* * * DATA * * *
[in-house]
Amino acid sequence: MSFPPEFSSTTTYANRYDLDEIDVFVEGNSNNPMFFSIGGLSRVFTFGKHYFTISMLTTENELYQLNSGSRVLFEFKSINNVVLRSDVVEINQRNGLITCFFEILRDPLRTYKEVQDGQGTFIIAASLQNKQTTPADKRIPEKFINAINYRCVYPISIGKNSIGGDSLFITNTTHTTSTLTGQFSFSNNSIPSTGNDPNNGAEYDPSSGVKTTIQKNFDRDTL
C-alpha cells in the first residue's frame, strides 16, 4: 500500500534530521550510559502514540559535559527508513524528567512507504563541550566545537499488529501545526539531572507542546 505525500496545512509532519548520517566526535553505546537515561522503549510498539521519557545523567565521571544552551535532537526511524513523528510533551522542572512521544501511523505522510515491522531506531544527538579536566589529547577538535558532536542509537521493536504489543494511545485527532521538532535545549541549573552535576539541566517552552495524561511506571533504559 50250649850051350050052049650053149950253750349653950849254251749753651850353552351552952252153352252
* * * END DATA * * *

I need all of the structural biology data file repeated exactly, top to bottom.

[in-house]
Amino acid sequence: MSFPPEFSSTTTYANRYDLDEIDVFVEGNSNNPMFFSIGGLSRVFTFGKHYFTISMLTTENELYQLNSGSRVLFEFKSINNVVLRSDVVEINQRNGLITCFFEILRDPLRTYKEVQDGQGTFIIAASLQNKQTTPADKRIPEKFINAINYRCVYPISIGKNSIGGDSLFITNTTHTTSTLTGQFSFSNNSIPSTGNDPNNGAEYDPSSGVKTTIQKNFDRDTL
C-alpha cells in the first residue's frame, strides 16, 4: 500500500534530521550510559502514540559535559527508513524528567512507504563541550566545537499488529501545526539531572507542546 505525500496545512509532519548520517566526535553505546537515561522503549510498539521519557545523567565521571544552551535532537526511524513523528510533551522542572512521544501511523505522510515491522531506531544527538579536566589529547577538535558532536542509537521493536504489543494511545485527532521538532535545549541549573552535576539541566517552552495524561511506571533504559 50250649850051350050052049650053149950253750349653950849254251749753651850353552351552952252153352252